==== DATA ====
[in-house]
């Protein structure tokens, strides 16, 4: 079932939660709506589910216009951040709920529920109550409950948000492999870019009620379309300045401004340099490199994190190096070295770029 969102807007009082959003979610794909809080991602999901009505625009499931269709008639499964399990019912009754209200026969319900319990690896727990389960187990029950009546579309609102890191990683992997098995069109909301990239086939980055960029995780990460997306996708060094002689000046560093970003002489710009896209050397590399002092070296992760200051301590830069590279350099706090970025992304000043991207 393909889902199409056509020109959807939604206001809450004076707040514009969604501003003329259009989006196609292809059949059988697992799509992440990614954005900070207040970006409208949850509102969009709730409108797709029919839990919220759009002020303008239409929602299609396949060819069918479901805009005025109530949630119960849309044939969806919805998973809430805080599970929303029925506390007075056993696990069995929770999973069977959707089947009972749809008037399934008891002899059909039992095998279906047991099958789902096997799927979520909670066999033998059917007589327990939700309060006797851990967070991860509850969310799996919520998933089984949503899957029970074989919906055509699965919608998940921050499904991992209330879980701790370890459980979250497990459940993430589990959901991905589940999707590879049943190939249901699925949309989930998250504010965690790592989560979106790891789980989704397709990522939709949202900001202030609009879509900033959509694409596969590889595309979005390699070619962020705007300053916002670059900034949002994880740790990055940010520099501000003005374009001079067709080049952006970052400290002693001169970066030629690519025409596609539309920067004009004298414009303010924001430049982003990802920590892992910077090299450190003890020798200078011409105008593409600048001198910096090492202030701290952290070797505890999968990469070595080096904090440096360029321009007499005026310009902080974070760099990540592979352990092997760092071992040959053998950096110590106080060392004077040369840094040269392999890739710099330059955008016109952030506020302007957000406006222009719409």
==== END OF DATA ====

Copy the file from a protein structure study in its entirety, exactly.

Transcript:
[in-house]
């Protein structure tokens, strides 16, 4: 079932939660709506589910216009951040709920529920109550409950948000492999870019009620379309300045401004340099490199994190190096070295770029 969102807007009082959003979610794909809080991602999901009505625009499931269709008639499964399990019912009754209200026969319900319990690896727990389960187990029950009546579309609102890191990683992997098995069109909301990239086939980055960029995780990460997306996708060094002689000046560093970003002489710009896209050397590399002092070296992760200051301590830069590279350099706090970025992304000043991207 393909889902199409056509020109959807939604206001809450004076707040514009969604501003003329259009989006196609292809059949059988697992799509992440990614954005900070207040970006409208949850509102969009709730409108797709029919839990919220759009002020303008239409929602299609396949060819069918479901805009005025109530949630119960849309044939969806919805998973809430805080599970929303029925506390007075056993696990069995929770999973069977959707089947009972749809008037399934008891002899059909039992095998279906047991099958789902096997799927979520909670066999033998059917007589327990939700309060006797851990967070991860509850969310799996919520998933089984949503899957029970074989919906055509699965919608998940921050499904991992209330879980701790370890459980979250497990459940993430589990959901991905589940999707590879049943190939249901699925949309989930998250504010965690790592989560979106790891789980989704397709990522939709949202900001202030609009879509900033959509694409596969590889595309979005390699070619962020705007300053916002670059900034949002994880740790990055940010520099501000003005374009001079067709080049952006970052400290002693001169970066030629690519025409596609539309920067004009004298414009303010924001430049982003990802920590892992910077090299450190003890020798200078011409105008593409600048001198910096090492202030701290952290070797505890999968990469070595080096904090440096360029321009007499005026310009902080974070760099990540592979352990092997760092071992040959053998950096110590106080060392004077040369840094040269392999890739710099330059955008016109952030506020302007957000406006222009719409």